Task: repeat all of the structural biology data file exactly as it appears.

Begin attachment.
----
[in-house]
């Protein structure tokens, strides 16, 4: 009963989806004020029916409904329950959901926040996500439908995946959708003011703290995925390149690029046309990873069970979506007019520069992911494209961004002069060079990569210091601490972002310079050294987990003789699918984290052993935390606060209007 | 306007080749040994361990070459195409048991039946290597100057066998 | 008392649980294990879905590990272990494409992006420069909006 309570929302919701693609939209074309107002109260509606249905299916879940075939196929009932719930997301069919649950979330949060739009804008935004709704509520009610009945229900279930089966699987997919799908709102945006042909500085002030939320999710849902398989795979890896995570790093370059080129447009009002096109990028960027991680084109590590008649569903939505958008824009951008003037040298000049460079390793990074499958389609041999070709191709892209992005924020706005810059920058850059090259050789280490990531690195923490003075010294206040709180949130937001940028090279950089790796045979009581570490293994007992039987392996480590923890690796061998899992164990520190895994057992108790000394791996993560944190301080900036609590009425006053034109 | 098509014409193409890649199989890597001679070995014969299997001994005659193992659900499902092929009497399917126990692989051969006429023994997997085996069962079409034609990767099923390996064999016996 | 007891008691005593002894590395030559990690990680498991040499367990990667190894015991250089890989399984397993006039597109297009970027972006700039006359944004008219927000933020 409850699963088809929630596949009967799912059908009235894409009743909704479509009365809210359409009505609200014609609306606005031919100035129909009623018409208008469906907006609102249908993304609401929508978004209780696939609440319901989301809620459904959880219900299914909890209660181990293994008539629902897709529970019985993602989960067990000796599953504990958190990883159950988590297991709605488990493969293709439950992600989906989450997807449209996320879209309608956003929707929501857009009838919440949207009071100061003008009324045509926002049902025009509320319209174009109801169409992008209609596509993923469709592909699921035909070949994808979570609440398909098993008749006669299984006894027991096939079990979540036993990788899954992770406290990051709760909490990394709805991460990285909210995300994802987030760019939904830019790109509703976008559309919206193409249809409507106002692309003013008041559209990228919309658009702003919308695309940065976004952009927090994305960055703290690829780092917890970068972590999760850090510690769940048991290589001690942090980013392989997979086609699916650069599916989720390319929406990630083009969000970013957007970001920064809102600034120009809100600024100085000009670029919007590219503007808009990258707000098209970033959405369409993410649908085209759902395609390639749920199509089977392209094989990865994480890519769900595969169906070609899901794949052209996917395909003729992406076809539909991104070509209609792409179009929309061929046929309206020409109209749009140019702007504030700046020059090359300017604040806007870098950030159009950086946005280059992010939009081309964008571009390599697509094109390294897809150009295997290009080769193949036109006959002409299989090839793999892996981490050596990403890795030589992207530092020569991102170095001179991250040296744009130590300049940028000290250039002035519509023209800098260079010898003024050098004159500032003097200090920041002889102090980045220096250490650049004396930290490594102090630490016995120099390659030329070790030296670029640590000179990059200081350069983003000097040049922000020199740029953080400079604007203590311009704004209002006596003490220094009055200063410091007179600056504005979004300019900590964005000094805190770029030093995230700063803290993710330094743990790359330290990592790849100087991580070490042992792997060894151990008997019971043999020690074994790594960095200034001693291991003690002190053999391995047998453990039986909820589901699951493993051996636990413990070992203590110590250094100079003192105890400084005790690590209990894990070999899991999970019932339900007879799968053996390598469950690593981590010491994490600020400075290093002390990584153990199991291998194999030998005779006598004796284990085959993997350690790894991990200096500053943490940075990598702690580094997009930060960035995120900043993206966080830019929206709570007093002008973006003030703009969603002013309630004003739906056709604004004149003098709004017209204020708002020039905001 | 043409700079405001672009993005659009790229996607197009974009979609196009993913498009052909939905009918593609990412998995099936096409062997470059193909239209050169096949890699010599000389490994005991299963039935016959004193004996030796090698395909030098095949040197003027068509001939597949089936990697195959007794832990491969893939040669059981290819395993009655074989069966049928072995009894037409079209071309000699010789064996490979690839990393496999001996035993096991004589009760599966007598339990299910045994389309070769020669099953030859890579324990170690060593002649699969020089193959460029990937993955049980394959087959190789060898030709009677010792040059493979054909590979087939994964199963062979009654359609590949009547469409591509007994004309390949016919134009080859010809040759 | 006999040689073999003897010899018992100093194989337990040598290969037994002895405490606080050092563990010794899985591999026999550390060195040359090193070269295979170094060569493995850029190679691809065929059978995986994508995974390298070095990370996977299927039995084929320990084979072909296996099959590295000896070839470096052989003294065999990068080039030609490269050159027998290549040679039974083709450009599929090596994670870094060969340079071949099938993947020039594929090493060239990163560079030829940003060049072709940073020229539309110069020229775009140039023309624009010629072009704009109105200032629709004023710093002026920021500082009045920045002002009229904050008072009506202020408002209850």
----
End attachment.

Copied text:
[in-house]
């Protein structure tokens, strides 16, 4: 009963989806004020029916409904329950959901926040996500439908995946959708003011703290995925390149690029046309990873069970979506007019520069992911494209961004002069060079990569210091601490972002310079050294987990003789699918984290052993935390606060209007 | 306007080749040994361990070459195409048991039946290597100057066998 | 008392649980294990879905590990272990494409992006420069909006 309570929302919701693609939209074309107002109260509606249905299916879940075939196929009932719930997301069919649950979330949060739009804008935004709704509520009610009945229900279930089966699987997919799908709102945006042909500085002030939320999710849902398989795979890896995570790093370059080129447009009002096109990028960027991680084109590590008649569903939505958008824009951008003037040298000049460079390793990074499958389609041999070709191709892209992005924020706005810059920058850059090259050789280490990531690195923490003075010294206040709180949130937001940028090279950089790796045979009581570490293994007992039987392996480590923890690796061998899992164990520190895994057992108790000394791996993560944190301080900036609590009425006053034109 | 098509014409193409890649199989890597001679070995014969299997001994005659193992659900499902092929009497399917126990692989051969006429023994997997085996069962079409034609990767099923390996064999016996 | 007891008691005593002894590395030559990690990680498991040499367990990667190894015991250089890989399984397993006039597109297009970027972006700039006359944004008219927000933020 409850699963088809929630596949009967799912059908009235894409009743909704479509009365809210359409009505609200014609609306606005031919100035129909009623018409208008469906907006609102249908993304609401929508978004209780696939609440319901989301809620459904959880219900299914909890209660181990293994008539629902897709529970019985993602989960067990000796599953504990958190990883159950988590297991709605488990493969293709439950992600989906989450997807449209996320879209309608956003929707929501857009009838919440949207009071100061003008009324045509926002049902025009509320319209174009109801169409992008209609596509993923469709592909699921035909070949994808979570609440398909098993008749006669299984006894027991096939079990979540036993990788899954992770406290990051709760909490990394709805991460990285909210995300994802987030760019939904830019790109509703976008559309919206193409249809409507106002692309003013008041559209990228919309658009702003919308695309940065976004952009927090994305960055703290690829780092917890970068972590999760850090510690769940048991290589001690942090980013392989997979086609699916650069599916989720390319929406990630083009969000970013957007970001920064809102600034120009809100600024100085000009670029919007590219503007808009990258707000098209970033959405369409993410649908085209759902395609390639749920199509089977392209094989990865994480890519769900595969169906070609899901794949052209996917395909003729992406076809539909991104070509209609792409179009929309061929046929309206020409109209749009140019702007504030700046020059090359300017604040806007870098950030159009950086946005280059992010939009081309964008571009390599697509094109390294897809150009295997290009080769193949036109006959002409299989090839793999892996981490050596990403890795030589992207530092020569991102170095001179991250040296744009130590300049940028000290250039002035519509023209800098260079010898003024050098004159500032003097200090920041002889102090980045220096250490650049004396930290490594102090630490016995120099390659030329070790030296670029640590000179990059200081350069983003000097040049922000020199740029953080400079604007203590311009704004209002006596003490220094009055200063410091007179600056504005979004300019900590964005000094805190770029030093995230700063803290993710330094743990790359330290990592790849100087991580070490042992792997060894151990008997019971043999020690074994790594960095200034001693291991003690002190053999391995047998453990039986909820589901699951493993051996636990413990070992203590110590250094100079003192105890400084005790690590209990894990070999899991999970019932339900007879799968053996390598469950690593981590010491994490600020400075290093002390990584153990199991291998194999030998005779006598004796284990085959993997350690790894991990200096500053943490940075990598702690580094997009930060960035995120900043993206966080830019929206709570007093002008973006003030703009969603002013309630004003739906056709604004004149003098709004017209204020708002020039905001 | 043409700079405001672009993005659009790229996607197009974009979609196009993913498009052909939905009918593609990412998995099936096409062997470059193909239209050169096949890699010599000389490994005991299963039935016959004193004996030796090698395909030098095949040197003027068509001939597949089936990697195959007794832990491969893939040669059981290819395993009655074989069966049928072995009894037409079209071309000699010789064996490979690839990393496999001996035993096991004589009760599966007598339990299910045994389309070769020669099953030859890579324990170690060593002649699969020089193959460029990937993955049980394959087959190789060898030709009677010792040059493979054909590979087939994964199963062979009654359609590949009547469409591509007994004309390949016919134009080859010809040759 | 006999040689073999003897010899018992100093194989337990040598290969037994002895405490606080050092563990010794899985591999026999550390060195040359090193070269295979170094060569493995850029190679691809065929059978995986994508995974390298070095990370996977299927039995084929320990084979072909296996099959590295000896070839470096052989003294065999990068080039030609490269050159027998290549040679039974083709450009599929090596994670870094060969340079071949099938993947020039594929090493060239990163560079030829940003060049072709940073020229539309110069020229775009140039023309624009010629072009704009109105200032629709004023710093002026920021500082009045920045002002009229904050008072009506202020408002209850």